'American Ninja Warrior' 2019 Results and Highlights from Episode 12

Scott Polacek@@ScottPolacekFeatured ColumnistAugust 20, 2019

The Cincinnati skyline and John A. Roebling Suspension Bridge is seen from the banks of the Ohio River, Tuesday, Sept. 18, 2018, in Covington, Ky. (AP Photo/John Minchillo)
John Minchillo/Associated Press

Move aside, Skyline Chili.

Michael Torres was the king of Cincinnati on Monday, and he didn't make anyone queasy in the process.

Torres defeated Ethan "The Swan" Swanson in the Power Tower showdown of Monday's episode of NBC's American Ninja Warrior. The two competitors earned the right to compete for a safety pass that provides a do-over at the Las Vegas national finals in the case of a fall in Stage 1 or 2 because they were the fastest finishers in the Cincinnati city finals.

They each thrived on a 10-obstacle course that was intentionally made more difficult after 11 athletes hit the buzzer in the qualifying rounds in the Queen City.

One of those obstacles was the brand new Slam Dunk, which asked ninjas to grab the sides of basketball-like balls and use them to propel themselves onto circular obstacles suspended in the air that resembled rims.

The two-handed dunks were no problem for Philip Scott, who started Monday's episode in inspirational fashion. Scott revealed he had multiple panic attacks earlier in the day and even called producers unsure if he would compete, but he made it through the Slingshot where he fell in qualifying, conquered the Mega Wall and powered through Slam Dunk on his way through eight obstacles.

It was fitting, though, that 6'5" Brandon Mears was the first to complete the entire course on an episode featuring a basketball-themed obstacle.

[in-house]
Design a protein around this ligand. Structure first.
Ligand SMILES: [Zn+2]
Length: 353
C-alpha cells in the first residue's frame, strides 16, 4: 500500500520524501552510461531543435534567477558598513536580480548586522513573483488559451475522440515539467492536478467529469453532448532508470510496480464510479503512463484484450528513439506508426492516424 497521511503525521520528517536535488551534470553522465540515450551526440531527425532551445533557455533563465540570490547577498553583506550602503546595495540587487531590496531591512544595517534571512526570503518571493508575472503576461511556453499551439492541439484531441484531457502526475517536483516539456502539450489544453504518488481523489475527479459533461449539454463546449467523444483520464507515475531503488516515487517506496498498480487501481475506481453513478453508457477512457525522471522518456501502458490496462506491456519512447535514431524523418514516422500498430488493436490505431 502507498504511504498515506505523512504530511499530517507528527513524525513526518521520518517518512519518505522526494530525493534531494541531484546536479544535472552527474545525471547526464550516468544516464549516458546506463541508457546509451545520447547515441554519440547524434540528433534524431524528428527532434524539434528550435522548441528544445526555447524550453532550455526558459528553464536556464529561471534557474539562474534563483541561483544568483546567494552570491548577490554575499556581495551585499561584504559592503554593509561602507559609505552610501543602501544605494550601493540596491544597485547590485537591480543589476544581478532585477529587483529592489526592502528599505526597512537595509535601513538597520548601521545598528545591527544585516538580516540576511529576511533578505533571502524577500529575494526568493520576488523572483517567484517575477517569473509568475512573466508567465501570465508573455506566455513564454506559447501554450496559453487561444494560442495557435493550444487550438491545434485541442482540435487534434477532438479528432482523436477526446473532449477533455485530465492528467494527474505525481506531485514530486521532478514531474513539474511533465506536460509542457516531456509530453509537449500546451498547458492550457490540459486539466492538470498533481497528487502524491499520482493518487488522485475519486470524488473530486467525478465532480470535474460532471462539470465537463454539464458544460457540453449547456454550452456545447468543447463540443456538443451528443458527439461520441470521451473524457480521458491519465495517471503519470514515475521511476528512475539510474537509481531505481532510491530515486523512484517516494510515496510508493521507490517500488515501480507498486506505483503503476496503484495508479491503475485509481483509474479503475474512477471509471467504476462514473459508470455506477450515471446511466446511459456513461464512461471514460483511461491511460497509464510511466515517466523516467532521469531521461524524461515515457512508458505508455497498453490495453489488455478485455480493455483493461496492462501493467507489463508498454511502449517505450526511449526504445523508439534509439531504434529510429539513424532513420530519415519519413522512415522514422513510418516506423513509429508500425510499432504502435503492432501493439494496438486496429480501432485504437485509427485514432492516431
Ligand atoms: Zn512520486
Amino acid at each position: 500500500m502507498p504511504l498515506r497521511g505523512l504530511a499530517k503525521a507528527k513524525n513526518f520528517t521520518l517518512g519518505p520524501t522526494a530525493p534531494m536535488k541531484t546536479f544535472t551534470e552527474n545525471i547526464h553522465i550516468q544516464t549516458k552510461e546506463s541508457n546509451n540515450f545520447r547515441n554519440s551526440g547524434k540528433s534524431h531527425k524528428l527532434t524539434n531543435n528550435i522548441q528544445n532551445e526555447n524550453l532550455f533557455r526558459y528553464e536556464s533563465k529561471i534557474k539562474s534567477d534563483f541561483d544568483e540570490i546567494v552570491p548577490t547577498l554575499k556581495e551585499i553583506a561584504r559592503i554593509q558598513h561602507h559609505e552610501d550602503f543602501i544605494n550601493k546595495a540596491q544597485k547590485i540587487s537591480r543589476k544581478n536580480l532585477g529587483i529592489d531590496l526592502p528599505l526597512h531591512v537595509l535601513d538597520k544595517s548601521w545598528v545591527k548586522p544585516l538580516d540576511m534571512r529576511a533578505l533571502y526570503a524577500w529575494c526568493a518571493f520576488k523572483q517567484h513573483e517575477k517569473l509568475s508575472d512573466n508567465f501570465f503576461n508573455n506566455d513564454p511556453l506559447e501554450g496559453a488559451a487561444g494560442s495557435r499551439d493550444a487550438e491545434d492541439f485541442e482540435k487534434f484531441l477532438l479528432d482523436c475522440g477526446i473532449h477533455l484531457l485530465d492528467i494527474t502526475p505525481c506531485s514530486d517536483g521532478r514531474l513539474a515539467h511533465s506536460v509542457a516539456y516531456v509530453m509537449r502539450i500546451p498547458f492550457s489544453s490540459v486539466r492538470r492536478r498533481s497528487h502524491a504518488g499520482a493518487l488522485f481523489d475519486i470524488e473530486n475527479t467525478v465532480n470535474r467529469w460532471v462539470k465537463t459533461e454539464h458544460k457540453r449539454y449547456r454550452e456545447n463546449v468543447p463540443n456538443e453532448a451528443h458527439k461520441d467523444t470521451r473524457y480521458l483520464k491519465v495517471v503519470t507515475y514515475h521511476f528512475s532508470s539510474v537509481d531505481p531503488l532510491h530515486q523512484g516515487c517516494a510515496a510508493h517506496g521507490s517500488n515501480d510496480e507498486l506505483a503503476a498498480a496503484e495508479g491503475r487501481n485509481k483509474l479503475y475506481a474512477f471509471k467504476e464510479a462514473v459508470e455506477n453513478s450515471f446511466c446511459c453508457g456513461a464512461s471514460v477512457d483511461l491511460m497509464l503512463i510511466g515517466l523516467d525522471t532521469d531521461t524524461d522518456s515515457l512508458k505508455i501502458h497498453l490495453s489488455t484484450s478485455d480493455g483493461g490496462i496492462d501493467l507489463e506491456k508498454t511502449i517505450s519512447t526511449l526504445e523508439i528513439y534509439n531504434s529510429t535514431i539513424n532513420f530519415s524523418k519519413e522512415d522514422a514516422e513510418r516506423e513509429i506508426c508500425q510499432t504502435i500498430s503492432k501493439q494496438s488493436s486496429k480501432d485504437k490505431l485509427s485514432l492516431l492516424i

The firefighter was the tallest competitor on the show and climbed through the 35-foot Spider Trap as the final obstacle to hit a buzzer at the city finals for the first time in his seven-year ninja career.

Torres and Swanson impressed, but the women made headlines of their own in Cincinnati with Jesse "Flex" Labreck and Michelle Warnky among those in the competition.

The top two women advanced to Las Vegas, and Jeri D'Aurelio, who served in the army, did her best to break into the presumed Labreck and Warnky dominance. D'Aurelio made it through the Slingshot after previously falling on the fifth obstacle five times in her career and beat the Mega Wall in dramatic fashion on her third and final try before falling on Slam Dunk.

That typically would have been enough to advance, but Warnky made history in her home state.

She flew through Slam Dunk and Spinball Wizard before propelling up Spider Trap to become just the second woman in show history to complete the course and hit a buzzer at the city finals. She also set an incredibly high bar for Labreck, who responded like only she could by becoming the third woman to finish the course.

That Labreck's fiance, Chris DiGangi, completing the course was a mere footnote on the evening was a testament to the power of Warnky and "Flex."

There was plenty of drama on the men's side as well, as Mears' time had no chance to stand up in a loaded field.

Fellow firefighter and training partner Dan Polizzi surpassed his friend for the fastest time but only temporarily thanks to Torres. Torres never completed a city finals course in his ninja career prior to Monday, but he hit the buzzer a full 22 seconds faster than Polizzi.

Not even that time stood up, though, because of Swanson. Swanson already clinched a spot in the national finals as the fastest in qualifying, meaning he could focus all his energy on speed. That resulted in a blistering time of three minutes and 43 seconds, which was 18 seconds faster than Torres.

It wasn't just tension among the finishers, as Grant McCartney—who is known as Island Ninja—found himself on the bubble for Las Vegas after falling on Slam Dunk. Fortunately for the ninja veteran, he just made the cut and will have a chance to redeem himself in Sin City.

Attention now turns to Las Vegas for the national finals with all the city finals in the rearview mirror. That Torres prevailed against such a loaded field in Cincinnati should serve him well, but the level of competition will be dialed up with $1 million on the line.

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